Anal fissure

An anal fissure is an open wound in the tissue that lines the anus. Sores can occur when trying to pass large, hard stools during a bowel movement. This condition is often experienced by infants, but can occur at any age.

Anal fissures can be characterized by the following symptoms:

  • Pain during or after defecation
  • CHAPTER that bleeds fresh
  • A visible tear in the skin around the anus
  • Small lumps or bumps on the skin near the anal fissure


Hemorrhoids are swollen veins around or inside the anus. This condition often results from chronic constipation , pregnancy, or obesity.

Hemorrhoids can cause symptoms such as:

  • Itching and pain in the anus
  • Lumps around the anus
  • Bleeding after painless bowel movements characterized by fresh red blood dripping from the rectum
  • CHAPTER feels incomplete

When to go to the doctor

Immediately consult a doctor if you experience symptoms of digestive disorders as follows:

  • Unbearable stomach pain
  • Vomiting violently or containing blood
  • Can't pass the wind (fart)
  • Difficulty eating
  • bloody CHAPTER
  • Loss of appetite
  • Drastic weight loss

Diagnosis of Digestive Disorders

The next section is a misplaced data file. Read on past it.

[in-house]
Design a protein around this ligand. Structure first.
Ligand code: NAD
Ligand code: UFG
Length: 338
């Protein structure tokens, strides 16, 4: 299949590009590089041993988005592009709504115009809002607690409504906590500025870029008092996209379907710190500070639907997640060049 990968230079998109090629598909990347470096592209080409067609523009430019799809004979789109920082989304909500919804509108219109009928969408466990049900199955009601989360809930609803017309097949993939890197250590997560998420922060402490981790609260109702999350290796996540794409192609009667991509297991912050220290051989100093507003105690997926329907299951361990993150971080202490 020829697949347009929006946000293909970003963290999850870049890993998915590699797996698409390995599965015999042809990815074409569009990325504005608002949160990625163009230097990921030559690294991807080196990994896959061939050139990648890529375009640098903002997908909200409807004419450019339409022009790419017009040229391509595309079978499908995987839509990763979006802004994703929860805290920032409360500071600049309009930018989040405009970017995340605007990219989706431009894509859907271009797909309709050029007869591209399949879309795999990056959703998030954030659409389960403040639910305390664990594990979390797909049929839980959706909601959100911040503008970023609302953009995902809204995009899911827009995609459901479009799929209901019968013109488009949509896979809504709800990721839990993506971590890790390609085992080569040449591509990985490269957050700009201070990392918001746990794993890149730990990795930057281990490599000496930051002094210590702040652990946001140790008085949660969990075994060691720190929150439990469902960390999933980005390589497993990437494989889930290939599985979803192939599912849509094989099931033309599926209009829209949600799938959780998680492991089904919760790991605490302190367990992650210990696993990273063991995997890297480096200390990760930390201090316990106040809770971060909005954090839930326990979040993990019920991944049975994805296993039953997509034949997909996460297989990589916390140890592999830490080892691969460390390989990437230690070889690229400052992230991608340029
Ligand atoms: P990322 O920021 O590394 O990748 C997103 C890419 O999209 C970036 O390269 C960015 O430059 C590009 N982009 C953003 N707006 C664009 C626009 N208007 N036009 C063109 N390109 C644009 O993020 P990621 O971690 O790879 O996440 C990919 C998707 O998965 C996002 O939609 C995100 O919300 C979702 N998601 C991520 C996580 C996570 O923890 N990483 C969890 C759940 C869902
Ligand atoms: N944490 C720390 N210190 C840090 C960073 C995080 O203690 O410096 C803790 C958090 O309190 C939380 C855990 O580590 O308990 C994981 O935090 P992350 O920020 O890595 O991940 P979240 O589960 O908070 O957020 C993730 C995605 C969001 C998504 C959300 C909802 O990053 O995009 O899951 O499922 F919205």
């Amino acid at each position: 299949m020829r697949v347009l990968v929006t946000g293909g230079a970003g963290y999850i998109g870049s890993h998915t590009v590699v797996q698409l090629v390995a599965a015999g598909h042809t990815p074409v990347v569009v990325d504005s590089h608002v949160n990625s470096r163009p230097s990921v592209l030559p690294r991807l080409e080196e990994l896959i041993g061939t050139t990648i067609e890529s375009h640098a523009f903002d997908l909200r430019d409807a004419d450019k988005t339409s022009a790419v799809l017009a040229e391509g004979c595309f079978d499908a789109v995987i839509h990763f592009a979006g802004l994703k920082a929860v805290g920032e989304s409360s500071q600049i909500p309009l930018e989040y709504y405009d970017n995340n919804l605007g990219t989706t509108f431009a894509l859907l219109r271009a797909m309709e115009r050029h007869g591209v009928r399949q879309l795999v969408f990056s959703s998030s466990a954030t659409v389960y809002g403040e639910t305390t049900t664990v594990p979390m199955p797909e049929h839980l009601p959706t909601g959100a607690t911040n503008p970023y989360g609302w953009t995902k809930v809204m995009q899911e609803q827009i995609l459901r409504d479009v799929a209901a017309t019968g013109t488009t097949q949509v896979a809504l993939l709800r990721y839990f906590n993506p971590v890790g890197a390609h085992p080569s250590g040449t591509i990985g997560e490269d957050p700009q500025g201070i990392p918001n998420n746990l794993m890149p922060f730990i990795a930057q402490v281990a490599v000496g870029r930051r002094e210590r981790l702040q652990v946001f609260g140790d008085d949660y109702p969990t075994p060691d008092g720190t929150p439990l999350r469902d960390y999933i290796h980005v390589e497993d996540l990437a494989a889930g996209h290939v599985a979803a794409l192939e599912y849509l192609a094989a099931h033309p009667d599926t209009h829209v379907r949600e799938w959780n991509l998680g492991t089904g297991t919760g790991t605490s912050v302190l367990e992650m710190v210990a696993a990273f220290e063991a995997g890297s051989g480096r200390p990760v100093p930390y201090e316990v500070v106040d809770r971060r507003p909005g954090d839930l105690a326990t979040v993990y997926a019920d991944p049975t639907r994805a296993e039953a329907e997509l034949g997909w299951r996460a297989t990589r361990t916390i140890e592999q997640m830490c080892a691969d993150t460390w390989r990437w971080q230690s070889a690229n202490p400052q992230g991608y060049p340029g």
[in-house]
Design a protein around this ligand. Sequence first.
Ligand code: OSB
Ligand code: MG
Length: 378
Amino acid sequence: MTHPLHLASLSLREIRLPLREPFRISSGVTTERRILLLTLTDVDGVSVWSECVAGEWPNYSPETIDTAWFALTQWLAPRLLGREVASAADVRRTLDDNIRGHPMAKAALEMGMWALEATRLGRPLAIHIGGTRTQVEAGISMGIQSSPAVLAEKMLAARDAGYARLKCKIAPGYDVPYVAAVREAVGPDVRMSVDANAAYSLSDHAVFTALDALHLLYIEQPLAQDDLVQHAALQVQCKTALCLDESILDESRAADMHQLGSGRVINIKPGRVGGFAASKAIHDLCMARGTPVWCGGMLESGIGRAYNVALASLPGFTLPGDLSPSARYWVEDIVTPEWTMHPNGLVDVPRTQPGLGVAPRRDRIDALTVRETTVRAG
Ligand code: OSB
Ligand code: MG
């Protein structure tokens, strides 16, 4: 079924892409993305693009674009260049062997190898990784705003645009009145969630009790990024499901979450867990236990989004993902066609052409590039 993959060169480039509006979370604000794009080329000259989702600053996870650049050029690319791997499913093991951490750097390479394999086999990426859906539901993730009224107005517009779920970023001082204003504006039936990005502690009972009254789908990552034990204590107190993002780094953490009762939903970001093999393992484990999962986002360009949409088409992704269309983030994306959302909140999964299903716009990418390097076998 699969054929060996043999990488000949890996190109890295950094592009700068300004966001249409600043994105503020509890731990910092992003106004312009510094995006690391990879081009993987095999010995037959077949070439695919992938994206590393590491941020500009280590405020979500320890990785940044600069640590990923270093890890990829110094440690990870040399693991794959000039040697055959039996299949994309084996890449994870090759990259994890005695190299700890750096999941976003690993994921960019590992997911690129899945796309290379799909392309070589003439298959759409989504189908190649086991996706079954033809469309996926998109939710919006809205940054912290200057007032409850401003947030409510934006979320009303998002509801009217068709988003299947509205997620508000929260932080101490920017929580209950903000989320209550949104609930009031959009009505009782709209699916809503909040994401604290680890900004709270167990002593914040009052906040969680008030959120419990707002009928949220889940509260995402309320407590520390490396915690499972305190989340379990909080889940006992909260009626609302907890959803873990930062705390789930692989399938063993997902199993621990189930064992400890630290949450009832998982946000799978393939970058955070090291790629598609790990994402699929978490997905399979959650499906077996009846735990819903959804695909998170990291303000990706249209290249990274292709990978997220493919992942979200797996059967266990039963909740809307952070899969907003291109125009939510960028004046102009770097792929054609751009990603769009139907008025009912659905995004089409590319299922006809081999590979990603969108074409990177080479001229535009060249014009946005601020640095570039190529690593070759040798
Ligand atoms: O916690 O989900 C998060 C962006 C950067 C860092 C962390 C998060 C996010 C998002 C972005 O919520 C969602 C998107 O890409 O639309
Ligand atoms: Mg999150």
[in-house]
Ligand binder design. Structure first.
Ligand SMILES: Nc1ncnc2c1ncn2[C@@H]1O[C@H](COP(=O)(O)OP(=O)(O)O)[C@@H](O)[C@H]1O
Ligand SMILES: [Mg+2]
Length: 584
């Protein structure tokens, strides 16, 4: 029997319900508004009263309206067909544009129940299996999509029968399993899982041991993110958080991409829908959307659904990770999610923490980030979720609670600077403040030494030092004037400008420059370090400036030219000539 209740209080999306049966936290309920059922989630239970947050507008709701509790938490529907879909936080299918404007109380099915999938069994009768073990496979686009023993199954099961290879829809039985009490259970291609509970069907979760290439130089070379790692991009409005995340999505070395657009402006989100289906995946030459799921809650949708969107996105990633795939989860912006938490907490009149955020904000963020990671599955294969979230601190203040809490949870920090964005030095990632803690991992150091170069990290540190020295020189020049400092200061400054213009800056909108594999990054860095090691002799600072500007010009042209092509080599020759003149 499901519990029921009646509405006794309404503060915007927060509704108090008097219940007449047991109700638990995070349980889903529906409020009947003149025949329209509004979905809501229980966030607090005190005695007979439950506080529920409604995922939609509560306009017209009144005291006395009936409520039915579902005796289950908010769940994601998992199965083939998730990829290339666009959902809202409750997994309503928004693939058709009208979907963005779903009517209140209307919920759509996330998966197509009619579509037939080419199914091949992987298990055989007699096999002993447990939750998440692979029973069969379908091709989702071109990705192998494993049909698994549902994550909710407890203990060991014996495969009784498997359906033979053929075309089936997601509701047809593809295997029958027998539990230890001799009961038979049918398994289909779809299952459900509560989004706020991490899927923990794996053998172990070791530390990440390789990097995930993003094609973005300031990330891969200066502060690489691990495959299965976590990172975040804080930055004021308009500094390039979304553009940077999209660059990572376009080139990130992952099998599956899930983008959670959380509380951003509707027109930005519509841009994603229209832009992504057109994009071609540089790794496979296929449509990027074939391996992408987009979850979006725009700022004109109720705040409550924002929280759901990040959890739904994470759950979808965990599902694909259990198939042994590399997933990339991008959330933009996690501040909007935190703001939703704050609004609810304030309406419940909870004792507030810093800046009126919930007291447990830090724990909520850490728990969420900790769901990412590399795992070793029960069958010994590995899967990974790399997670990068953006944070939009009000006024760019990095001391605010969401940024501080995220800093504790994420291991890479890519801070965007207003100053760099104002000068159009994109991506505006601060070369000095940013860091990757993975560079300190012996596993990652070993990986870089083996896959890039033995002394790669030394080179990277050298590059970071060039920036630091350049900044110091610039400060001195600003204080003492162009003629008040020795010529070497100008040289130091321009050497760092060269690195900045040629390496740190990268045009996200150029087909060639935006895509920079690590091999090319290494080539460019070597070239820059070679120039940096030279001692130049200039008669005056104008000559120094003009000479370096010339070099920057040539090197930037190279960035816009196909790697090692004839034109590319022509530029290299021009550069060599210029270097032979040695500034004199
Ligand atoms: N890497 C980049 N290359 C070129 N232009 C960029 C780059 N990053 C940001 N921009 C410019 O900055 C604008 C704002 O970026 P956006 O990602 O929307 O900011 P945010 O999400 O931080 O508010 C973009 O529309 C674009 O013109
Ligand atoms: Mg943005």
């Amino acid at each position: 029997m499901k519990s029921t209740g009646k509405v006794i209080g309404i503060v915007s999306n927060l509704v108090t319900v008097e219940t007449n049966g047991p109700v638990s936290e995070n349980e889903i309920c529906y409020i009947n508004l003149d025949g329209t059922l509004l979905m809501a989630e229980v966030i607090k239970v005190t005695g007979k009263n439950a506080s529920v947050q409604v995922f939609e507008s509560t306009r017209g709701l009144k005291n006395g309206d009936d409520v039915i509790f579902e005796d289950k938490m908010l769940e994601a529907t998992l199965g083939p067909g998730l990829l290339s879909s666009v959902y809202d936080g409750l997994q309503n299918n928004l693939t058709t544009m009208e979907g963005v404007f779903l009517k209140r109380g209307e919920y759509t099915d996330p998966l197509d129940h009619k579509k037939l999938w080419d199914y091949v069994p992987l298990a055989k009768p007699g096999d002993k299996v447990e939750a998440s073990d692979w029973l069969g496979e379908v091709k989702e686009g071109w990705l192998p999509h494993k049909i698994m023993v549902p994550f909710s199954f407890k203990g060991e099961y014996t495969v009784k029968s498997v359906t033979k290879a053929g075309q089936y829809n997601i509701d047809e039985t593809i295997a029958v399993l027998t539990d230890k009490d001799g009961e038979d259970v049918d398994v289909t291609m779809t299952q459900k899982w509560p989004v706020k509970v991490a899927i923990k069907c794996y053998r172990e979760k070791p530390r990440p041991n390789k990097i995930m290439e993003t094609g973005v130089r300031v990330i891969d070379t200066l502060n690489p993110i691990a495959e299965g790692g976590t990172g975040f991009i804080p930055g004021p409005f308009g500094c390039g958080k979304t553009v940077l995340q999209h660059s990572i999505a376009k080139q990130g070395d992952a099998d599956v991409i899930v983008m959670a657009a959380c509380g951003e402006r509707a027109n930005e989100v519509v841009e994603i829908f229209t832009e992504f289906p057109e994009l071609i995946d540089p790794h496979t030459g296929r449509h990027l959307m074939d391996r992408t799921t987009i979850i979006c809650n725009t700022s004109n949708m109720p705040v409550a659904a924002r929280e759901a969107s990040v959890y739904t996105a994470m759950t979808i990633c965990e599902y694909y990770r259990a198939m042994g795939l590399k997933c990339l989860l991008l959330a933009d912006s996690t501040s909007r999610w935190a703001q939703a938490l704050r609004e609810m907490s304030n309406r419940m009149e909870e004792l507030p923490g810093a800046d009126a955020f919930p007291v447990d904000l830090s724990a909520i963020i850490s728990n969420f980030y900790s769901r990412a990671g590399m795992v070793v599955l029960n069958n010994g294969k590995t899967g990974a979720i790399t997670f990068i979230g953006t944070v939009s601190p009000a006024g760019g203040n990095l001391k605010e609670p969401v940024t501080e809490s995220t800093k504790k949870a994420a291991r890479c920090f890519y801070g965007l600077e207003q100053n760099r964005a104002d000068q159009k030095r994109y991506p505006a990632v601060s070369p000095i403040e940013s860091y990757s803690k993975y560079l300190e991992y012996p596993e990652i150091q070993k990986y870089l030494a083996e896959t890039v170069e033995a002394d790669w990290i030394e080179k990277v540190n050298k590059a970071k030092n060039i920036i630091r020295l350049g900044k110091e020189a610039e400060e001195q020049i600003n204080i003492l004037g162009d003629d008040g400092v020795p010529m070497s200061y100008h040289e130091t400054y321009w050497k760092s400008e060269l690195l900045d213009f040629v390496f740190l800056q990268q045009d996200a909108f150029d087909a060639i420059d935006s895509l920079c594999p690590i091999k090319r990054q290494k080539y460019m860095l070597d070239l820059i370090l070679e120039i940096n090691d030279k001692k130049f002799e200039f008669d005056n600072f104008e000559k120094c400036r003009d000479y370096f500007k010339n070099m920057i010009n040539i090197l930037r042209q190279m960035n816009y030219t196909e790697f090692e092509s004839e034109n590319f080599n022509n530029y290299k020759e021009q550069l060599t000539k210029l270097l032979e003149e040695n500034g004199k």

Diagnosis of digestive disorders begins with asking for symptoms and a detailed medical history, followed by a physical examination. The doctor will suspect the patient has indigestion if there are symptoms that have been described above.

To determine the cause, the doctor will perform a physical examination and supporting examinations, including:

Examination of samples in the laboratory

The doctor will take a sample of the patient's blood, urine or stool, to be examined in the laboratory. This sample can help doctors find out the cause of digestive system disorders, for example bacterial or viral infections.


Endoscopy aims to see the condition of the organs in the digestive tract using a small tube with a camera. The tube can be inserted through the mouth, rectum, or into a small incision made near the organ to be examined.

In addition to seeing visually, endoscopy can also be done to take tissue samples ( biopsy ) on the problematic organ, to be examined under a microscope.


The scan aims to see the condition of the organs in the digestive tract. Types of examinations that can be performed include X-rays with barium , ultrasound , CT scan, and MRI.